States of Matter in Chemical Equations

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Kaley Qin 1K
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States of Matter in Chemical Equations

Postby Kaley Qin 1K » Thu Oct 08, 2020 12:12 pm

Should we be writing the states of matter of products and reactants when we are balancing chemical equations? For example, if we were writing the equation for the chemical reaction of aluminium and iron oxide, would we write Al(s) +Fe2O3(s) -> Al2O3 (s) + Fe(l) or do we write Al +Fe2O3 -> Al2O3 + Fe?

Lisa Seidl 3H
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Re: States of Matter in Chemical Equations

Postby Lisa Seidl 3H » Thu Oct 08, 2020 12:20 pm

I believe he does want us to write the states of matter since that is how they are listed in the textbook questions and that is where he gets the test questions from. However, I would think that he would probably specify if he wants them or not in the question (for tests), but on the homework I would write them since its good practice to identify which is which.

Grace_Remphrey_2J
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Re: States of Matter in Chemical Equations

Postby Grace_Remphrey_2J » Thu Oct 08, 2020 12:22 pm

Hello!

I would continue to write states of matter when balancing equations as I am pretty sure Dr. Lavelle uses the states of matter throughout his examples during lectures. Plus I'm sure it will be good practice for when we eventually take higher-level chemistry classes.

Hopefully that helps!

Michelle Nguyen 3F
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Re: States of Matter in Chemical Equations

Postby Michelle Nguyen 3F » Thu Oct 08, 2020 1:00 pm

Hi! I think it would be best to write the states of matter of the products and reactants while balancing chemical equations. They are written in the equation in Dr. Lavelle's lectures, and also they would be good practice! The states of matter of the products and reactants also become really important when we go into other concepts, so it would be a good habit to keep writing the states of matter. Hope this helps! :)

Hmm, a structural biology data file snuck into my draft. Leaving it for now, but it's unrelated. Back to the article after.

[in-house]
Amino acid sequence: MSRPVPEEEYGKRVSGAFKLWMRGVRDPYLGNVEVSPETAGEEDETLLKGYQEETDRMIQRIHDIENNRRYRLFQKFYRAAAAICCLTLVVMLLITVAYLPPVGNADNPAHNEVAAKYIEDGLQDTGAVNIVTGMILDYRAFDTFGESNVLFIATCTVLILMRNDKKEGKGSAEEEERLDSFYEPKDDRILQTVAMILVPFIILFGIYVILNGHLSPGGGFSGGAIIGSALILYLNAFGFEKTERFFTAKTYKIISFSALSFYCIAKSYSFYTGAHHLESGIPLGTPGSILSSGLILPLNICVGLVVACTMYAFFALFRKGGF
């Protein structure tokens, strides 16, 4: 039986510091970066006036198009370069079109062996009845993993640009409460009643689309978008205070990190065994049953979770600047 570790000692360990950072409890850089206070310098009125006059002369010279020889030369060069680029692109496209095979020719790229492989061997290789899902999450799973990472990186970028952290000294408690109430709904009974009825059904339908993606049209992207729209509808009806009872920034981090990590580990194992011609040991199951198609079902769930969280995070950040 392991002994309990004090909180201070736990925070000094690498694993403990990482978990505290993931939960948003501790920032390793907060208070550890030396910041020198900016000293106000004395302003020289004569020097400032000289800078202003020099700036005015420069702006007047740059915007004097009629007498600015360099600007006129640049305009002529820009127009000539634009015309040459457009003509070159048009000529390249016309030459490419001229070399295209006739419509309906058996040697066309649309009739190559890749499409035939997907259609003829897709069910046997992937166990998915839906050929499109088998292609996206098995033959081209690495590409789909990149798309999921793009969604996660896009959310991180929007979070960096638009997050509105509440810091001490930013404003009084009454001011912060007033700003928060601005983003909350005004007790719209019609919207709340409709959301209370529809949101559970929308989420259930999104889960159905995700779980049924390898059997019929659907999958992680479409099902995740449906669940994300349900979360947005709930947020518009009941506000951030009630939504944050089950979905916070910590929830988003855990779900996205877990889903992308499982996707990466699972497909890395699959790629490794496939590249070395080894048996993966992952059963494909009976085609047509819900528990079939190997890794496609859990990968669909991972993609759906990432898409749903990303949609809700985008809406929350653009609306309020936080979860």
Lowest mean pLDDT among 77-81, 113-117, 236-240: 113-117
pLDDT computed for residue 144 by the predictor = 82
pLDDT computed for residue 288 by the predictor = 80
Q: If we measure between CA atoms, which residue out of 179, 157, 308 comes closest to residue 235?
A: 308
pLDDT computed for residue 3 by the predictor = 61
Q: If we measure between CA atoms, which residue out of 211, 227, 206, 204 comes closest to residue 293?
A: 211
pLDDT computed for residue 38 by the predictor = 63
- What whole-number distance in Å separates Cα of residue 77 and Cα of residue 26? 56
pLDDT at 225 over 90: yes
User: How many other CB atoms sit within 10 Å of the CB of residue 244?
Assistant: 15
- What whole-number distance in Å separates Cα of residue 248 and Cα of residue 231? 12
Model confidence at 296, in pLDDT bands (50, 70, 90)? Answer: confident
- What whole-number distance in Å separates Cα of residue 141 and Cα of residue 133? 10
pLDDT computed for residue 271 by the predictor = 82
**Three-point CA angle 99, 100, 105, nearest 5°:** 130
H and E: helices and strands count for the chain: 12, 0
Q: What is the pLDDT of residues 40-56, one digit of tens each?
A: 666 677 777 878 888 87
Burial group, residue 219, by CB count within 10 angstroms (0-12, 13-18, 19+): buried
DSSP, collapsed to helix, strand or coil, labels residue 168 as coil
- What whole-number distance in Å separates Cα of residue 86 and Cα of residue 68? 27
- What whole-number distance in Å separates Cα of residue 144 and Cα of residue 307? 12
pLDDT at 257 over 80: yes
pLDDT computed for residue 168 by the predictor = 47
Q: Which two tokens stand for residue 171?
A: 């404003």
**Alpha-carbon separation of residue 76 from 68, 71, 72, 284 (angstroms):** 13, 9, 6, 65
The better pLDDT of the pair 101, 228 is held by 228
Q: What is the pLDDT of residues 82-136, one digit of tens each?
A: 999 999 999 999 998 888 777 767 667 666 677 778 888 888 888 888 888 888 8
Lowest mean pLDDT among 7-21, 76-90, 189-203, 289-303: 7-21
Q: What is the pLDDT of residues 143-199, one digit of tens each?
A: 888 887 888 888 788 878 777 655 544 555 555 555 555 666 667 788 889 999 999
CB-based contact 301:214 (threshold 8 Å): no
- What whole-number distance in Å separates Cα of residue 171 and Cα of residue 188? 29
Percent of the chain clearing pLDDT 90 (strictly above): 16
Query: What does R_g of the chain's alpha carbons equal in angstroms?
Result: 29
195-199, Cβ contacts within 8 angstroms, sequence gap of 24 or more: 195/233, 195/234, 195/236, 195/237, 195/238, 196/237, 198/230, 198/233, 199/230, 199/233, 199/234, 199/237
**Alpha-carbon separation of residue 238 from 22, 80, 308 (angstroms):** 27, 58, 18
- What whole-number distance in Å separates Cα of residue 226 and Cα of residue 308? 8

Rachel Jiang 3H
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Re: States of Matter in Chemical Equations

Postby Rachel Jiang 3H » Thu Oct 08, 2020 1:07 pm

Hi! I agree with all the other posts that you should probably put in states if they are given in the question or if you are sure of the states of matters of the elements/compounds. However, the UA of the workshop that I went to also suggested that if you are not exactly sure of the states of matter, then do not risk putting the wrong states. Hopefully this helps!

Samantha Lee 1A
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Re: States of Matter in Chemical Equations

Postby Samantha Lee 1A » Thu Oct 08, 2020 2:49 pm

The states of matter are REALLY important when it comes to chemical equations. When we start getting to other concepts, the states of matter could affect your answer. Also, it is a good idea to always put them down when writing the chemical equation as a habit now so you don't forget them later on when it really matters.

Lung Sheng Liang 3J
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Re: States of Matter in Chemical Equations

Postby Lung Sheng Liang 3J » Thu Oct 08, 2020 5:44 pm

Hello, including or not including states or matter is usually not a big deal. Many people write it because it is part of the nomenclature or to be precise in a chemical equation.

Karina Grover 1A
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Re: States of Matter in Chemical Equations